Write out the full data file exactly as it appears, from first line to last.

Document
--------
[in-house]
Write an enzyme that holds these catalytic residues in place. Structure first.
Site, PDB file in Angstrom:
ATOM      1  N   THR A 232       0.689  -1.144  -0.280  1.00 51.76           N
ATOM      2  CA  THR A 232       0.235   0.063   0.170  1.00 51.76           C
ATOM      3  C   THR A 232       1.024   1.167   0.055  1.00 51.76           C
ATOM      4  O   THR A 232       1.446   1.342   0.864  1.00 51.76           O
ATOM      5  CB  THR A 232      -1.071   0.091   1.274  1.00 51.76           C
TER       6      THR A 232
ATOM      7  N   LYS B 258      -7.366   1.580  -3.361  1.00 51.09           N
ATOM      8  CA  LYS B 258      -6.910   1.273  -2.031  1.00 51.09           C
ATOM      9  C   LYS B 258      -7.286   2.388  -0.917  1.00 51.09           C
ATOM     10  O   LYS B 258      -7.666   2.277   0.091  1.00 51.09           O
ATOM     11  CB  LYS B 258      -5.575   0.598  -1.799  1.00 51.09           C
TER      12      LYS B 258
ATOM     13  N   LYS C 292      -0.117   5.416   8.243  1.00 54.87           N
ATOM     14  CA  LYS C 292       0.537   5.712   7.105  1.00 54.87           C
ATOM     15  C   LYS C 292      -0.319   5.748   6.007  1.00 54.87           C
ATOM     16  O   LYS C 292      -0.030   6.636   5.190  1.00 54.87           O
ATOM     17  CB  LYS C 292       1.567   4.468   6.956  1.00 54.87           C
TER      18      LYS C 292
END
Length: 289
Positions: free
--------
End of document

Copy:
[in-house]
Write an enzyme that holds these catalytic residues in place. Structure first.
Site, PDB file in Angstrom:
ATOM      1  N   THR A 232       0.689  -1.144  -0.280  1.00 51.76           N
ATOM      2  CA  THR A 232       0.235   0.063   0.170  1.00 51.76           C
ATOM      3  C   THR A 232       1.024   1.167   0.055  1.00 51.76           C
ATOM      4  O   THR A 232       1.446   1.342   0.864  1.00 51.76           O
ATOM      5  CB  THR A 232      -1.071   0.091   1.274  1.00 51.76           C
TER       6      THR A 232
ATOM      7  N   LYS B 258      -7.366   1.580  -3.361  1.00 51.09           N
ATOM      8  CA  LYS B 258      -6.910   1.273  -2.031  1.00 51.09           C
ATOM      9  C   LYS B 258      -7.286   2.388  -0.917  1.00 51.09           C
ATOM     10  O   LYS B 258      -7.666   2.277   0.091  1.00 51.09           O
ATOM     11  CB  LYS B 258      -5.575   0.598  -1.799  1.00 51.09           C
TER      12      LYS B 258
ATOM     13  N   LYS C 292      -0.117   5.416   8.243  1.00 54.87           N
ATOM     14  CA  LYS C 292       0.537   5.712   7.105  1.00 54.87           C
ATOM     15  C   LYS C 292      -0.319   5.748   6.007  1.00 54.87           C
ATOM     16  O   LYS C 292      -0.030   6.636   5.190  1.00 54.87           O
ATOM     17  CB  LYS C 292       1.567   4.468   6.956  1.00 54.87           C
TER      18      LYS C 292
END
Length: 289
Positions: free